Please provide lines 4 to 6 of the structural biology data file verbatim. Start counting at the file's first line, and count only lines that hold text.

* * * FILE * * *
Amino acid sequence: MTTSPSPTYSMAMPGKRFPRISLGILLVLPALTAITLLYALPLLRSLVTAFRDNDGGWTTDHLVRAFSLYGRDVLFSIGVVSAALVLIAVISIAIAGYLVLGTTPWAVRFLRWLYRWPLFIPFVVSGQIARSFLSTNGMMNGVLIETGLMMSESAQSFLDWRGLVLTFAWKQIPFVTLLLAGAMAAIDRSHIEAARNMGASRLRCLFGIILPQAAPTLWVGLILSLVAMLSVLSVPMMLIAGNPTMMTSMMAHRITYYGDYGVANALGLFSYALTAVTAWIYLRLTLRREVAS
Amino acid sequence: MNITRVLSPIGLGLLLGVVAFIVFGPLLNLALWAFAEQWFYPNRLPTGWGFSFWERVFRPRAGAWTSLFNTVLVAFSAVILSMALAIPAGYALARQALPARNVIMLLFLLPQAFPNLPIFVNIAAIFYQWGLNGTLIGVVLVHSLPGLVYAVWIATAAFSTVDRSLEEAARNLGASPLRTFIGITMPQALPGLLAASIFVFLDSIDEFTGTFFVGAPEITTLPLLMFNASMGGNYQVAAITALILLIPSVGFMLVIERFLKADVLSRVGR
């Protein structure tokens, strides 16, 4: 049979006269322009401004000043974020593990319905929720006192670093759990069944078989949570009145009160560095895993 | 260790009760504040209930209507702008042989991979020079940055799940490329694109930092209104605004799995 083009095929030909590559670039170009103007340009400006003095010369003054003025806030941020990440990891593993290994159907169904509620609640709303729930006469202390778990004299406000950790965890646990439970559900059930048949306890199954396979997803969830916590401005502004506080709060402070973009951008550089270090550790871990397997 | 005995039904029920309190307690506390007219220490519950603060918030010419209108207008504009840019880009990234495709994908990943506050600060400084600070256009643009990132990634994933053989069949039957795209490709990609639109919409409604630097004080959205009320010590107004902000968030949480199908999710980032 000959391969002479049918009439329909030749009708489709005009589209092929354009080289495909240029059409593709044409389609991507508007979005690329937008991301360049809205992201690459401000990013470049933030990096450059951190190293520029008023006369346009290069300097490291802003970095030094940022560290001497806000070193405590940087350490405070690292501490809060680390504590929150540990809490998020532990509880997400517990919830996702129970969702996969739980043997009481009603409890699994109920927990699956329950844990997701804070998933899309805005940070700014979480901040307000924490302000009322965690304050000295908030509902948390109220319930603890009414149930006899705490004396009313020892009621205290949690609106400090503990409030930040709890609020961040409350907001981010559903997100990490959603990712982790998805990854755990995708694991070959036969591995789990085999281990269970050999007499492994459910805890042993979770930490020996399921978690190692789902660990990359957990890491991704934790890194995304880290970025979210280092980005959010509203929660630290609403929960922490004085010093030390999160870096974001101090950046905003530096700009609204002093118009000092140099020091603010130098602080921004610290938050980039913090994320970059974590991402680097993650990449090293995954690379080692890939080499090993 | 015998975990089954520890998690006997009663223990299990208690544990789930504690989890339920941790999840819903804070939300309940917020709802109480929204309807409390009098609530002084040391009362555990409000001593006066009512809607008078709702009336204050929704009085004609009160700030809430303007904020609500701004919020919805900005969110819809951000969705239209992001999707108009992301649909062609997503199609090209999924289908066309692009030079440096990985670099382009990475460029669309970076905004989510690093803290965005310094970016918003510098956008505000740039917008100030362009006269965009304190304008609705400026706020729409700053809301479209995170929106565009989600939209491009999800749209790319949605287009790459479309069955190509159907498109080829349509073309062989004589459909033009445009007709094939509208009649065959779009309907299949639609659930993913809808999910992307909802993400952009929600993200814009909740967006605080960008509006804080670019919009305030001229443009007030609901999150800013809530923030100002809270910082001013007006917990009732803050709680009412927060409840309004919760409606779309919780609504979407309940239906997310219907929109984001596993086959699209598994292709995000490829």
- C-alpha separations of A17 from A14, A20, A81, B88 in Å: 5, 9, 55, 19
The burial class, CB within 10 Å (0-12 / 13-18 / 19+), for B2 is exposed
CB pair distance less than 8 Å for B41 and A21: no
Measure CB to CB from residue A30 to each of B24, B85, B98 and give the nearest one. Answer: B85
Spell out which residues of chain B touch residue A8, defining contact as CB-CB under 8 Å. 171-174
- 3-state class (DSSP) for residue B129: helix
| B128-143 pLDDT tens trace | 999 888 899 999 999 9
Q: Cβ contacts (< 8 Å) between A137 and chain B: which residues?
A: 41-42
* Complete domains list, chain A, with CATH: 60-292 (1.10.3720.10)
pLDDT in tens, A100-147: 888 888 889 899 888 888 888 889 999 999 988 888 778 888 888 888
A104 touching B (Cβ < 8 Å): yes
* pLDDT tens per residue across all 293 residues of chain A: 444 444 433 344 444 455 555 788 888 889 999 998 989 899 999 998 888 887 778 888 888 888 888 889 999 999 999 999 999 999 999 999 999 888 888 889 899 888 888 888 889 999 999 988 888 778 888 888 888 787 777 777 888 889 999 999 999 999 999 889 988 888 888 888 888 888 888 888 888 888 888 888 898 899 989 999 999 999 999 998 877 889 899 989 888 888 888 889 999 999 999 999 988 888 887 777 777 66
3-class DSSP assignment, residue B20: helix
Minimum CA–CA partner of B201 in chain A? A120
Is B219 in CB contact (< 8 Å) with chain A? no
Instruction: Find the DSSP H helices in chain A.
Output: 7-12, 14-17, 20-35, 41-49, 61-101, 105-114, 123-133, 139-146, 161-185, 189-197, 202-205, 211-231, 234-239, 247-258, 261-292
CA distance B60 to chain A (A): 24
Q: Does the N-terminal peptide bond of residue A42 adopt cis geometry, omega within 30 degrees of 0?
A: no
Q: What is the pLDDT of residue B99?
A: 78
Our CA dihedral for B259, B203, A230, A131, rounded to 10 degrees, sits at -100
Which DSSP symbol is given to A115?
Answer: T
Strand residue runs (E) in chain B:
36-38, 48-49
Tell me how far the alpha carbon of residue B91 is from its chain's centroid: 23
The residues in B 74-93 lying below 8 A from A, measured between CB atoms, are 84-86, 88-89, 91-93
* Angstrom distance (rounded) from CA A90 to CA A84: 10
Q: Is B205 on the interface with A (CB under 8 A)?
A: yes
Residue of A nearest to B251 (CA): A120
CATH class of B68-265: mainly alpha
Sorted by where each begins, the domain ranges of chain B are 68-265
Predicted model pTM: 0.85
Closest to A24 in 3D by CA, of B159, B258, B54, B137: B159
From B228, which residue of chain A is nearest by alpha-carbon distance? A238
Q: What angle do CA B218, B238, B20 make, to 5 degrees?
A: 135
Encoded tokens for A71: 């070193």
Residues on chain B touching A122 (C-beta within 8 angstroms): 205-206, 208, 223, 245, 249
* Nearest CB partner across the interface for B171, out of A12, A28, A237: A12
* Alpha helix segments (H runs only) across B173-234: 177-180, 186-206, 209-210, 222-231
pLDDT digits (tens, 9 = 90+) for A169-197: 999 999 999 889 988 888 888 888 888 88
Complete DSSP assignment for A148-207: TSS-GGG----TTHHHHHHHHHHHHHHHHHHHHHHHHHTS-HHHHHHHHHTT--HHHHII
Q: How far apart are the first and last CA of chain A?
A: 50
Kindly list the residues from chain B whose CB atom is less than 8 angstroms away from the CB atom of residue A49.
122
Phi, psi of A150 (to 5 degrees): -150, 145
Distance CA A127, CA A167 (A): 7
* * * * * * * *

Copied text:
- C-alpha separations of A17 from A14, A20, A81, B88 in Å: 5, 9, 55, 19
The burial class, CB within 10 Å (0-12 / 13-18 / 19+), for B2 is exposed
CB pair distance less than 8 Å for B41 and A21: no